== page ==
Kim Newman is the brilliant man behind the innovative novel Anno Dracula, a book which not only earned high praise from Neil Gaiman himself but also won the Dracula Society’s Children of the Night Award, the Lord Ruthven Assembly’s Fiction Award, and the International Horror Guild Award for Best Novel, and was even short-listed for the Bram Stoker Award for Best Novel. Pretty damn impressive! To celebrate the re-printing of Anno Dracula I was lucky enough to interview the author himself, Kim Newman. Check it out!
Can you tell us about your book Anno Dracula?
The pitch is: what if … Dracula won. It’s an alternate history/England invaded novel which assumes that the first half of Bram Stoker’s novel took place, but instead of being defeated by Dr Van Helsing the Count destroyed his enemies, spread his brand of vampirism widely through Victorian society, became the Prince Consort by marrying Queen Victoria and generally taking over the country. A few years later, in 1888, Dr Seward – a surviving Stoker character, driven mad by all this – starts murdering vampire prostitutes in Whitechapel. The murders are investigated by, among others, a human secret agent and adventurer, Charles Beauregard, and a vampire who hates Dracula, Geneviève Dieudonné. It also has a lot of historical or historical/fictional characters, so we can see what a Victorian world with vampires living openly might look like from the point of view of, say, Oscar Wilde, Dr Jekyll or number two vampire Lord Ruthven.
How does Anno Dracula differ from other novels about vampires?
I set out to write a book that encompassed vampire fiction rather than diverged from it, though I suspect it has been as influential on subsequent works as previous works were on it. Before me, there weren’t that many alternate worlds with vampires (though John M Ford and Brian Stableford had done that) and visions of worlds dominated by vampires tended to read like zombie apocalypse stories or offer simple slave hierarchies – I started exploring the idea of vampires as a significant minority, with their own internal dissent and faction-fighting as well as complicated relationships with the rest of us – which has been done several times since.
What inspired you to write Anno Dracula?
A long-standing interest in Dracula, vampires, invasion narratives, Victorian detectives, alternate history, actual history, Jack the Ripper and a very British brand of polite totalitarianism evident in too many of our governments to mention. It was also one of those ideas – I wish I had more of them – that start with a tiny question (it was originally a footnote in a thesis I wrote at university) and unfold to disclose an entire fictional world that demanded to be explored. The chain of ‘if that, then this’ thinking is still running in my head, which is why there will be more AD in the near future.
Ok, here’s a question I ask all folks I interview: I’ve noticed that most of the authors I follow on Twitter talk about the music they’re currently writing to. What kind of setting/atmosphere do you find most conducive to your writing?
I used to play music appropriate to the period I was writing about – Gilbert & Sullivan for Anno Dracula, the Velvet Underground for Andy Warhol’s Dracula. Lately, I’ve tended to write without music. That may shift again. I’ve also become prone to ‘shuffle’ or ‘random play’.
What is your favorite vampire book, movie and show?
Book: Dracula (no surprises) and I Am Legend. Movie: Let’s Scare Jessica to Death – but many others. Show: this was harder for me since I think all vampire shows tend to have ups and downs – so I’ll cheat and say Kolchak: The Night Stalker. I have a particular fondness for those weird crossovers where vampires appear on series you wouldn’t expect them to – the vampire episodes of Bilko, Get Smart, The Man From UNCLE, Gilligan’s Island, Starsky & Hutch, Diagnosis: Murder, BJ and the Bear, McCloud, etc. Still, none of these are as good as ‘Never Send a Boy King to Do a Man’s Job’, the mummy episode of The Rockford Files.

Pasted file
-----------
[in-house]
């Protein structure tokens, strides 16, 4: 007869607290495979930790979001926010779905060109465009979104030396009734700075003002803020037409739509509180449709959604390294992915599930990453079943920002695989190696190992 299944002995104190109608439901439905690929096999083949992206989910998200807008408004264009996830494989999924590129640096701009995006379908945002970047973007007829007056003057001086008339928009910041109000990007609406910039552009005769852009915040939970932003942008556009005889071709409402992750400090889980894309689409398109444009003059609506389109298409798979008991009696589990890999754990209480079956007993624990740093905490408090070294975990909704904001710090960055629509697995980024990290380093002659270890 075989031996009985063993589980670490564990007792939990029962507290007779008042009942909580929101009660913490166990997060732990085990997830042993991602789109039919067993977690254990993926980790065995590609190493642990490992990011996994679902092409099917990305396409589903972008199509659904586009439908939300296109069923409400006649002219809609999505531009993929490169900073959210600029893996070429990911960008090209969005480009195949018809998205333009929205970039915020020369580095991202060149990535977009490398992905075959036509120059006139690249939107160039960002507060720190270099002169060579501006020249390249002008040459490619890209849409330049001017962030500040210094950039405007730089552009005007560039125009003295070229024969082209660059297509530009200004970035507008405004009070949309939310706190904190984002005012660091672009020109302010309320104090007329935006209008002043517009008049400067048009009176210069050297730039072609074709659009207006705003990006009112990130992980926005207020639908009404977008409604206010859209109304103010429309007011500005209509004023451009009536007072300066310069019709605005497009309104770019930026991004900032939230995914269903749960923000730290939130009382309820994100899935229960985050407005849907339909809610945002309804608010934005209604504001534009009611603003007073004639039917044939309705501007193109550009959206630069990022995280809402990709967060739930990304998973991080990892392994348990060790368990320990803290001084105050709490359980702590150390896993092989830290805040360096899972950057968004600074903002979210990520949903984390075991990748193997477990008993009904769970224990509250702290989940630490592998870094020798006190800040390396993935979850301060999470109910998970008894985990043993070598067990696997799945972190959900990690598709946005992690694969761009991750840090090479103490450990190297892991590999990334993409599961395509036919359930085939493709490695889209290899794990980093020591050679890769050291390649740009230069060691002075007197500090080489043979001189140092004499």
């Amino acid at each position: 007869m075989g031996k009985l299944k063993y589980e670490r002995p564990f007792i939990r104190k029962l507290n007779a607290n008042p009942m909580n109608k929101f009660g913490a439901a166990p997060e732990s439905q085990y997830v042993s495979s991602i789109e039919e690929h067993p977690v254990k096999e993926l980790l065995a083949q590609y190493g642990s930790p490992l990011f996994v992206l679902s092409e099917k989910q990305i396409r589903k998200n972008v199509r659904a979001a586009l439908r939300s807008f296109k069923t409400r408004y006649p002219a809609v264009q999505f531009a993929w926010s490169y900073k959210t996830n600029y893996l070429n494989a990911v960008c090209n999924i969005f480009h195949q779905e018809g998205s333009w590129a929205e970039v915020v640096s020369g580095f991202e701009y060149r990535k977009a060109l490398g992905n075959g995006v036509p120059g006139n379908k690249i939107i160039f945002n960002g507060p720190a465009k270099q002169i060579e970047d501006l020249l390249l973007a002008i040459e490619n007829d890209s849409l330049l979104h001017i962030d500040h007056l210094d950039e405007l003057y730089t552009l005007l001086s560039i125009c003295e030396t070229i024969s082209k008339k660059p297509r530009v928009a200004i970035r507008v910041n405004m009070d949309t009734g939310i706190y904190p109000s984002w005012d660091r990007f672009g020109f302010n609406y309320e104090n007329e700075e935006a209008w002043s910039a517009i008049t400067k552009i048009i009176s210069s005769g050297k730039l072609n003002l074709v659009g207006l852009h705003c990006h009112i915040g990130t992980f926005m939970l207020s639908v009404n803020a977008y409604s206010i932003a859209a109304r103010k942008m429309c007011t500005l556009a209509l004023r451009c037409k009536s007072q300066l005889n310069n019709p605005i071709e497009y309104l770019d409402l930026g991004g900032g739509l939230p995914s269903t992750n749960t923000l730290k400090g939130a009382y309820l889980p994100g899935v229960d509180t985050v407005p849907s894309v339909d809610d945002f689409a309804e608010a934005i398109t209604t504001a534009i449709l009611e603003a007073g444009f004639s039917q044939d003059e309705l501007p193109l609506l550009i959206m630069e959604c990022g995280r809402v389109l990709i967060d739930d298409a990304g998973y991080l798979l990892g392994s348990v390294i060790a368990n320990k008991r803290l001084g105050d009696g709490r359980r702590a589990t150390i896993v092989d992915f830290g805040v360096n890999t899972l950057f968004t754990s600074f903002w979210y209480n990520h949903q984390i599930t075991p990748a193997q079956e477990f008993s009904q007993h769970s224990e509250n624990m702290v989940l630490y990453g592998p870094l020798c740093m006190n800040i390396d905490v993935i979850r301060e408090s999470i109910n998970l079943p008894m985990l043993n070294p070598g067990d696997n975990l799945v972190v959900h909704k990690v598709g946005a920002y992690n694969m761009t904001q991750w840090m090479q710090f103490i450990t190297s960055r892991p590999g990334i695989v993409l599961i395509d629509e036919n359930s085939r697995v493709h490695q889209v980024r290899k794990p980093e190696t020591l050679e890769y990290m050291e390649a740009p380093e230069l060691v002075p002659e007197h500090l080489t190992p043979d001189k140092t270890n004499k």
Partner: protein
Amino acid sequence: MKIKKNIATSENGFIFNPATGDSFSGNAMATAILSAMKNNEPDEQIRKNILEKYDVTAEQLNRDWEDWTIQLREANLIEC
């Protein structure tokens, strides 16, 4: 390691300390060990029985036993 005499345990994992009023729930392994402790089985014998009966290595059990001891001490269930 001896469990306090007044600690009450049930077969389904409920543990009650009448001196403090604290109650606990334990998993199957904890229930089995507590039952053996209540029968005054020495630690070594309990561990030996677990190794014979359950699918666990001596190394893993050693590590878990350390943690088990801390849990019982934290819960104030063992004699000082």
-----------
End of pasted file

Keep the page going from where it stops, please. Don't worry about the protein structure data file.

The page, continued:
Given the current vampire craze, people feel especially attracted to vampires, why do you think that is?
As monsters go, they’re generally more presentable, more articulate, sexier and more sophisticated – so naturally they attract interest that only really strange folks would give to zombies or werewolves. The whole vampire romance genre is a bit of a mystery, though I suppose Anno Dracula is among other things a vampire romance. I use the set-up of vampire girl/human guy (which continues, in complicated form, throughout the series) rather than vampire guy/human girl (which is the Twilight/True Blood/Anita Blake format). I note most vampire guy/human girl books are written by women, though Sherri Gottlieb’s Love Bites is a vampire girl/human guy love story. Vampire girl/human guy also shows up in a few movies (Innocent Blood).
If vampires were discovered to exist today, do you think our society would accept them or try to destroy them?
Depends on whether they were Bram Stoker vampires, Anne Rice vampires, Stephenie Meyer vampires or 30 Days of Night vampires. Generally, vampires are rich – being immortal means long-term financial security – and that would give them a better chance of survival in the modern world. If you’re rich, killing people isn’t necessarily a barrier to general acceptance.
Tell our readers why they should check out your book – in 3 words:
It’s a scream!
And finally, what other projects are you currently working on? Any goodies we should watch out for?
My next novel is The Hound of the d’Urbervilles: The Crime-Book of Professor Moriarty (Titan), due out this Autumn. I’m currently working on new material for the reissues of The Bloody Red Baron and Dracula Cha Cha Cha, the Anno Dracula sequels – they’ll include new novellas called ‘Vampire Romance’ (set in the 1920s) and ‘Aquarius’ (set in 1968). Then, I’ll finish the fourth book, Johnny Alucard. After that, I might need a rest.